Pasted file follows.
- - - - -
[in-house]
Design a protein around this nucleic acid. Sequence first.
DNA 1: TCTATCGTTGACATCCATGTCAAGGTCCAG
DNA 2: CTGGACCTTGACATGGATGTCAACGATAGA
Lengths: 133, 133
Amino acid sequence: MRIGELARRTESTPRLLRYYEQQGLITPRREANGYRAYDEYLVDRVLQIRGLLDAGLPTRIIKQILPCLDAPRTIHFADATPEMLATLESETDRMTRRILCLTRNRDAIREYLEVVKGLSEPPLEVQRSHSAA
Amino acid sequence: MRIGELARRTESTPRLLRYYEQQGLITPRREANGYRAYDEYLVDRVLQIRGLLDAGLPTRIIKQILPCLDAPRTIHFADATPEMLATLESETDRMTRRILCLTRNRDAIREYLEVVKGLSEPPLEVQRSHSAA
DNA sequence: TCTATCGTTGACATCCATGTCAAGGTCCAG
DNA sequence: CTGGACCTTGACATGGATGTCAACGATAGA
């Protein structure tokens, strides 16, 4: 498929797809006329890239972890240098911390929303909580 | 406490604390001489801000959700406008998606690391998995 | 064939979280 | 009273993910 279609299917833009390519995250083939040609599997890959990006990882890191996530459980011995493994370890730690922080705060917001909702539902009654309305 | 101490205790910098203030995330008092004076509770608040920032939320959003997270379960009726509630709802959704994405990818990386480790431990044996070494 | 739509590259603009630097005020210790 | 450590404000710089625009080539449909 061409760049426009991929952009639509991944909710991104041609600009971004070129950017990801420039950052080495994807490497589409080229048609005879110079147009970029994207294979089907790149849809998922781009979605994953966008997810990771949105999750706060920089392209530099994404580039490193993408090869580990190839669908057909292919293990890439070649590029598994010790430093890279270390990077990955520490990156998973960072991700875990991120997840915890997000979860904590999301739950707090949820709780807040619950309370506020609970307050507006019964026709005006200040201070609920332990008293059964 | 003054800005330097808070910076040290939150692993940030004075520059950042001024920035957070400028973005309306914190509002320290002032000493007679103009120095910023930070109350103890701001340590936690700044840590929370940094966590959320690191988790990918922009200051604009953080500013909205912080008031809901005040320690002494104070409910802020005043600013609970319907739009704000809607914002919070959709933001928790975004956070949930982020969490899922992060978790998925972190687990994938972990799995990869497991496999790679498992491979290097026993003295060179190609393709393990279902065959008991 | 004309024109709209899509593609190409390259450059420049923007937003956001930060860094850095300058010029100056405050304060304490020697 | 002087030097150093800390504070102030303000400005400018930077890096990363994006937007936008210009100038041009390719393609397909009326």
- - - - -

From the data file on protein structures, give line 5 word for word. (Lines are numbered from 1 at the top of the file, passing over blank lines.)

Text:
Lengths: 133, 133